Through my PhD research, I seek to examine human trafficking discourses through the lenses of Mythology and Policy Review to analyze their appropriateness for securing, protecting and enabling livelihoods for trans and cis people of all genders. I have an interest in utilizing feminist theory and praxis to investigate human trafficking policies in relation to the lives peoples are managing to live in the Caribbean Region. My research interests intertwine ideas of poverty, development, capitalist labor processes, gendering of the labor market, gender injustice, immigration; racism, globalization, and anxieties around women’s sexuality to deduce alternative ways of understanding the beliefs and politics that underpin current anti-trafficking campaigns and its impact.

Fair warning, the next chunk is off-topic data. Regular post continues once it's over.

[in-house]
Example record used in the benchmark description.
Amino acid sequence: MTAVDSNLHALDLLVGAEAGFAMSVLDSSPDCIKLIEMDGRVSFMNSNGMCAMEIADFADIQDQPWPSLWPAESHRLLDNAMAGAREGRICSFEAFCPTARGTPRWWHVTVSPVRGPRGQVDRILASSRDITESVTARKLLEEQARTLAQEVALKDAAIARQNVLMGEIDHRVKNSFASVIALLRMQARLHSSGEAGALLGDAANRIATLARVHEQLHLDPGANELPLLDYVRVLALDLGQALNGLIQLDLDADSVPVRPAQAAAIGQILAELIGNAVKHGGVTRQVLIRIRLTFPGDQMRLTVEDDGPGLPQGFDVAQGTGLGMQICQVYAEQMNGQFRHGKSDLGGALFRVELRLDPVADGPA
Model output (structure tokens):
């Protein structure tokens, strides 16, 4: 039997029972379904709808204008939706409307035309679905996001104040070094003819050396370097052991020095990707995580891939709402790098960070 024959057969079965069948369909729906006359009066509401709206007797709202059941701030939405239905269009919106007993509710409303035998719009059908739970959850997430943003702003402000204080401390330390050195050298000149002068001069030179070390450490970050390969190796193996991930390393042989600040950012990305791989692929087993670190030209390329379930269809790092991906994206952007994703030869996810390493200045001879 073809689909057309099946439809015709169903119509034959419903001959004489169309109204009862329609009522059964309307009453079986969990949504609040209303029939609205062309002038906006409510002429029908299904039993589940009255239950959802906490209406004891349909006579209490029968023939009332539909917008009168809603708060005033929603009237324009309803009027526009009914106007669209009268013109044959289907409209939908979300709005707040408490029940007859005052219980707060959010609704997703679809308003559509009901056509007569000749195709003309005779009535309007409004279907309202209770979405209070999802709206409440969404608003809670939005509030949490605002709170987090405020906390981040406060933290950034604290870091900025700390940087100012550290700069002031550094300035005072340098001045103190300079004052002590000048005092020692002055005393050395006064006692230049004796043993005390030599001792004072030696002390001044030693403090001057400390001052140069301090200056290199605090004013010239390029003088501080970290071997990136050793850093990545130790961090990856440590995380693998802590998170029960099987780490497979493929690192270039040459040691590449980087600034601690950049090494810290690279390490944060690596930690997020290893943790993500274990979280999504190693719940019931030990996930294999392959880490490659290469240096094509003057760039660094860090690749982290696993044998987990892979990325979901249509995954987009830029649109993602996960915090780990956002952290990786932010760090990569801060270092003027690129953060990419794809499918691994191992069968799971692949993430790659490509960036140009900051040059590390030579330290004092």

I have over eight years of work experience in development in Guyana, working with NGOs, International Organizations and State agencies, and 3 years of conducting human trafficking research in the global South, specifically Guyana in the Caribbean Region. My work and research interests include: program management, community consultation, and resource mobilization focused on education, mental and reproductive health, women’s and youth’s advocacy, and sexual orientation and sexual identities, and human rights discourses.